CBD (cannabidiol), found in hemp and cannabis, may benefit humans and animals alike. When asked about the potential benefits of CBD products, veterinarians reported in a survey that CBD was most helpful for chronic pain by 34%, followed by acute pain, 23%. Some veterinarians also said that CBD helped decrease anxiety and seizure frequency by over 75%.
Acupuncture is an ancient Chinese medication. The procedure involves inserting needles through the skin to stimulate particular points in the body.
Research suggests that acupuncture may help stimulate the release of the body’s pain-relieving substances. These substances may also help treat stress and lessen anxiety.
Acupuncture is actually painless for small animals like dogs. Owners have reported that their pets become relaxed or sleepy when the needles are already in place.
It is highly recommended to have a veterinary behaviourist develop and oversee any acupuncture protocol.
A dog owner may opt to groom their dog by brushing its fur every night. This form of pampering may feel great for the dog as it gets more time and attention from its owner, reducing anxiety.
As a bonus, the dog owner will also have a chance to observe their dog’s skin for any lesions or abrasions due to excessive licking.
Massage therapy may also be helpful. Essential oil can help the dog calm down and relax during the massage. The owner may rub a few drops of essential oil on the dog’s paws for it to lick.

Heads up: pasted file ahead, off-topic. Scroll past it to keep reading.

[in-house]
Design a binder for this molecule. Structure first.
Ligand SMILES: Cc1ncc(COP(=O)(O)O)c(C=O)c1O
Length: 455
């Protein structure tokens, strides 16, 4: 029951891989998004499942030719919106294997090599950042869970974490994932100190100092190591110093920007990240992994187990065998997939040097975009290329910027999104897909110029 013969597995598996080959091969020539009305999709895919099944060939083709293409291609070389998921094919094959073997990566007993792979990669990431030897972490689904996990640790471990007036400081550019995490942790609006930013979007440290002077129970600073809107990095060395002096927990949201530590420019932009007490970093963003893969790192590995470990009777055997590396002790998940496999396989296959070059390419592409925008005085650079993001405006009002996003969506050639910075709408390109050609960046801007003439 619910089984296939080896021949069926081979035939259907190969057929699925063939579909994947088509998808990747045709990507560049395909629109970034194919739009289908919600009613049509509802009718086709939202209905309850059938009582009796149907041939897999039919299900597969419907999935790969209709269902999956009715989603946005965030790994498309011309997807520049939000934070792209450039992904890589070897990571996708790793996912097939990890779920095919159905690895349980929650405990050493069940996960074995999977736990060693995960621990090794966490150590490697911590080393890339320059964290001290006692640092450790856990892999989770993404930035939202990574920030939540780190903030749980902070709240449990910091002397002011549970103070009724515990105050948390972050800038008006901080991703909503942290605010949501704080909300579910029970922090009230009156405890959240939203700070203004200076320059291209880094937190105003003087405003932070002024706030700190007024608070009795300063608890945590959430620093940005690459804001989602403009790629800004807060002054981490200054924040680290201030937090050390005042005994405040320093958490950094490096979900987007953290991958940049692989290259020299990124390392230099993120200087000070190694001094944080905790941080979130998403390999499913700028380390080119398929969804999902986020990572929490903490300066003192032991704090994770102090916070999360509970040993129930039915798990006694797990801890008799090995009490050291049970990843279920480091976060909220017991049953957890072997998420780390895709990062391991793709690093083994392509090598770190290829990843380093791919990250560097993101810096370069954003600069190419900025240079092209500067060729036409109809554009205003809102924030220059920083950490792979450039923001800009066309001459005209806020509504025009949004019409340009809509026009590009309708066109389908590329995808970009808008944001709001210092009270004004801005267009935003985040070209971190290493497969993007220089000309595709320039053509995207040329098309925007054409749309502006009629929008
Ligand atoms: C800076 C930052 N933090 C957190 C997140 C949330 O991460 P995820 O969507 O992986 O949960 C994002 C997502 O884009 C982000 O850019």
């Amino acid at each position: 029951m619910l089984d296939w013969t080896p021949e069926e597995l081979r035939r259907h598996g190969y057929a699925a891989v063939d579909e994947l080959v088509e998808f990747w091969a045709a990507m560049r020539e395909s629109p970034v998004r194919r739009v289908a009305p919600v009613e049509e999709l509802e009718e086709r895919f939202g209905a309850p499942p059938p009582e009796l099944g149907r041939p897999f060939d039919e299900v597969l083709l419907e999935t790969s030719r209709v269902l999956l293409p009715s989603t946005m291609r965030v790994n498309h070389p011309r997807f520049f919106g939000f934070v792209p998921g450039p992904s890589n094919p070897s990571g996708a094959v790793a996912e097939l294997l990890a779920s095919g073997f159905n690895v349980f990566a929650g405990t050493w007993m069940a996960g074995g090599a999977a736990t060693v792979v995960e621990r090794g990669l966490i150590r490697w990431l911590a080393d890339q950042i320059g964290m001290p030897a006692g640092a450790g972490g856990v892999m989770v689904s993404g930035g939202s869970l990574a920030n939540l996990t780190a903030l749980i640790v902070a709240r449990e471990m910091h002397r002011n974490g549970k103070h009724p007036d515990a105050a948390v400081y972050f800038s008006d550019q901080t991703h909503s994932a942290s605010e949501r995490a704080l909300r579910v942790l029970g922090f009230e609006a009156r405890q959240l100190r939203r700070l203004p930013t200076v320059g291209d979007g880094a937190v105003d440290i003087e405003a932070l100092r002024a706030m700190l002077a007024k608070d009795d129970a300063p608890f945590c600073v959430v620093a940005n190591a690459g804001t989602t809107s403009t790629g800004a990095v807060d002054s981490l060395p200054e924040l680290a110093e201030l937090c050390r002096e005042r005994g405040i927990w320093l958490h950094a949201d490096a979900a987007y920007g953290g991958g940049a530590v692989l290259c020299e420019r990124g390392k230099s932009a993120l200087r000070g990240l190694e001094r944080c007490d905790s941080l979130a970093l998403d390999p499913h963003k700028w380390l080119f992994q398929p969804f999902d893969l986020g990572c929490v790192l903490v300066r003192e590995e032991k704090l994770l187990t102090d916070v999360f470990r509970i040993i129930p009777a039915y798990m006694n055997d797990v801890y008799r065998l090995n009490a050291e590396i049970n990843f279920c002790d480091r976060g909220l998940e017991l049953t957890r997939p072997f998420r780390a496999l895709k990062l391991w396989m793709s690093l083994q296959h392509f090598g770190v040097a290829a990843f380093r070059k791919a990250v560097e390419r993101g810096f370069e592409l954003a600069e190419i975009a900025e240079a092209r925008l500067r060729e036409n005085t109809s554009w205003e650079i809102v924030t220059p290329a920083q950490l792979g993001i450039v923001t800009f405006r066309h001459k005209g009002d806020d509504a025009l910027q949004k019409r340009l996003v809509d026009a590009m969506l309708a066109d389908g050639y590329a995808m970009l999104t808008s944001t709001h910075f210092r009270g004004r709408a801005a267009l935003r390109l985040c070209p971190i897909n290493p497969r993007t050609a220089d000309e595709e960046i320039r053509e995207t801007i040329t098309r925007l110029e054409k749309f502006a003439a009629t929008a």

But be mindful that some oils can be quite toxic to animals, especially if they have a cat in the household. Always check with your vet.
It’s difficult to predict what makes a dog anxious. It’s even harder to determine if a dog’s anxiety will lead to a more severe disorder, resulting in behavioural issues.
However, there are ways to help dogs avoid anxiety-related problems.
Proper socialisation may help prevent anxiety. An owner may introduce their dog to new people or other animals to avoid exaggerated responses down the road.
If a dog is diagnosed with anxiety and shows signs of aggression, the owner should avoid situations that may trigger its anxiety.
When a dog becomes increasingly aggressive, an owner may also use preventive measures like body harnesses, leashes, and basket muzzles.
Once the owners know their dog’s triggers, they can prepare for these circumstances ahead of time.
Dog-parenting involves being sensitive to the emotional state of one’s canine companion.
If an owner suspects that their dog is suffering from anxiety or exhibiting aggression, it’s recommended to seek help from a licensed veterinary behaviourist. The sooner treatment is sought, the better chance for improvement.
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1. Prevalence, comorbidity, and breed differences in canine anxiety in 13,700 Finnish pet dogs
2. Behavioural Problems of Dogs
3. Physical signs of canine cognitive dysfunction
4. Canine separation anxiety: strategies for treatment and management
5. The effect of different genres of music on the stress levels of kennelled dogs
6. US Veterinarians’ Knowledge, Experience, and Perception Regarding the Use of Cannabidiol for Canine Medical Conditions
7. Serotonin: Facts, Uses, SSRIs, and Sources
8. An Introduction to Veterinary Acupuncture
Guest post by Casey Bloom